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Limited Series.

Aired On: Max.

Release Date: 04/14/24.
Comedy. Drama. History.

"Near the end of the Vietnam War, a plant who was embedded in the South Vietnam army flees to the United States and takes up residence in a refugee community where he continues to secretly spy and report back to the Viet Cong."


One of our modern masters returns again with a spy thriller TV-Miniseries. Trailing off his AMC series The Little Drummer Girl, and his most recent feature Decision to Leave, Park Chan-Wook partners up with Don McKellar to adapt the Pulitzer prize winning novel, The Sympathizer, to television.


Following The Captain, a communist double agent, and his journey in America after the Fall of Saigon at the end of the Vietnam war. There he reports back intelegence back to the Viet Cong while also navigating a new life in America. Leading the cast is Hoa Xuande as The Captain, and he’s supported by a multifaceted Robert Downey Jr, Sandra Oh, Fred Nguyen, and many many other surprising faces. With the first three episodes directed by Park Chan Wook, an episode directed by City of God’s Fernando Meirelles, and the final chunk directed by Marc Munden, The Sympathizer results in a riveting miniseries that’s dazzling with incredible style.


As the series starts towards the end of the Vietnam war, the series follows The Captain constantly contemplating his involvement in this infiltration. He’s even involved with a group of friends where one is also a communist double agent, and the other is who’s lost much to the communists. It’s a dilemma that sends him on a gripping journey. From an assassination, to a film set, to the new communities created by the southern Vietnamese immigrants after their trek to America, everywhere he goes in the series ties into his constant struggle with his ideology. Hoa Xuande carries this role with dazzling charisma and power. Not to mention that every situation he’s in, there’s always Robert Downey Jr, as some different character. Downey Jr’s multiple roles in this create for some amazing scenes, and a subtext that unravels deeper and deeper into fantastic territories.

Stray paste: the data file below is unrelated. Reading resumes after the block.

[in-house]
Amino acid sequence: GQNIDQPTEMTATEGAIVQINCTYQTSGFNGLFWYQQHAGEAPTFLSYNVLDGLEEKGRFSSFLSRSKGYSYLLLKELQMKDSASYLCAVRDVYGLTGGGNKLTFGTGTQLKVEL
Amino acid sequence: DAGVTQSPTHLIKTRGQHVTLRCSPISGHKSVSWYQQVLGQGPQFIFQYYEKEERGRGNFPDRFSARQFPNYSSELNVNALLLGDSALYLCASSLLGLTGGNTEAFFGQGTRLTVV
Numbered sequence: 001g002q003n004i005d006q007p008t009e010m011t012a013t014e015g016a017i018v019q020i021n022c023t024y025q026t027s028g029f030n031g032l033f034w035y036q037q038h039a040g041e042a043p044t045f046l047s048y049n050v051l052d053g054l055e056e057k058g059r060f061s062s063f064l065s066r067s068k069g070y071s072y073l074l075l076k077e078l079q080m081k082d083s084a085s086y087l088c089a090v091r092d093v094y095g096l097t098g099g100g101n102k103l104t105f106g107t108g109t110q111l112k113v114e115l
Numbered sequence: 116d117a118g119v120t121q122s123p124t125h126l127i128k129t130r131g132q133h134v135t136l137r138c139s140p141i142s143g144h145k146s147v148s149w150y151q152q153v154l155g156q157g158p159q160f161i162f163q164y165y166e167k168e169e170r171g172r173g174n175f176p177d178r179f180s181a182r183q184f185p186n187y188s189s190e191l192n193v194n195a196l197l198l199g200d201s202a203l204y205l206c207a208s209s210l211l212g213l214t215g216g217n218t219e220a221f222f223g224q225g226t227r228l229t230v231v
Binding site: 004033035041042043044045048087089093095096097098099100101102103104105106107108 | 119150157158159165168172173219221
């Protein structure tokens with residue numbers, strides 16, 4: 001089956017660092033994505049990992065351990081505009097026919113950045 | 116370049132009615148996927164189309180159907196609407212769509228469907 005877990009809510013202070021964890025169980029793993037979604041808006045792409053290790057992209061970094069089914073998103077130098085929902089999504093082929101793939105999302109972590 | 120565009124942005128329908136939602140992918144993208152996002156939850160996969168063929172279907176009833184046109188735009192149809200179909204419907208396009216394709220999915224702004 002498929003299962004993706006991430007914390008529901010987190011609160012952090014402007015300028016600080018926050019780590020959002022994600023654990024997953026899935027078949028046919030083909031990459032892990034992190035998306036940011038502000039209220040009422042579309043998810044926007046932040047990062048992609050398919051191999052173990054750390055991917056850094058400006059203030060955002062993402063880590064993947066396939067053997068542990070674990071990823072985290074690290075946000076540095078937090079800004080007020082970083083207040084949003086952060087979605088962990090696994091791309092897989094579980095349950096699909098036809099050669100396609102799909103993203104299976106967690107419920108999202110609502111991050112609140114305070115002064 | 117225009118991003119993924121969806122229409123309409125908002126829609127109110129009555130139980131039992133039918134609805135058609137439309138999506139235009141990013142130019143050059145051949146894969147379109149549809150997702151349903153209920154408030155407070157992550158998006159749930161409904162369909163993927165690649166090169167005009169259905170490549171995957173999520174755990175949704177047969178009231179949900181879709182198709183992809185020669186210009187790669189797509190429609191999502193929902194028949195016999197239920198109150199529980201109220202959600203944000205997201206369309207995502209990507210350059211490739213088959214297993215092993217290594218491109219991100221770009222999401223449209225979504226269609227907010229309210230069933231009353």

There’s not only contemplations on communism and capitalism, but there’s also contemplations on colonialism and America’s very destructive role in the Vietnam War. One episode in particular takes these ideas into one excellent piece of satire that takes place entirely on a movie set. Incredibly reminiscent of Ben Stiller’s Tropic Thunder where Robert Downey Jr plays an Australian actor making a controversial decision to act as a Black US Army Soldier in a Vietnam War film. This episode of The Sympathizer feels as it’s reflecting on Downey’s performance in the 2008 satire, but also decades of Hollywood filmmaking that’s propagated the conflict of the Vietnam war to platform white supremacy and capitalism. It’s such a genius written episode and quite possibly one of the top Television episodes of this decade.


The Sympathizer is such a fantastic spy thriller that sends us on a journey that’s all hilarious, devastating, and all in all just incredibly riveting. There’s just constant talent in front of and behind the camera, that I’m sure it’ll not only shine as staples in each actor’s respective filmographies, but it’s going to be an immediate staple of 2020’s television. 

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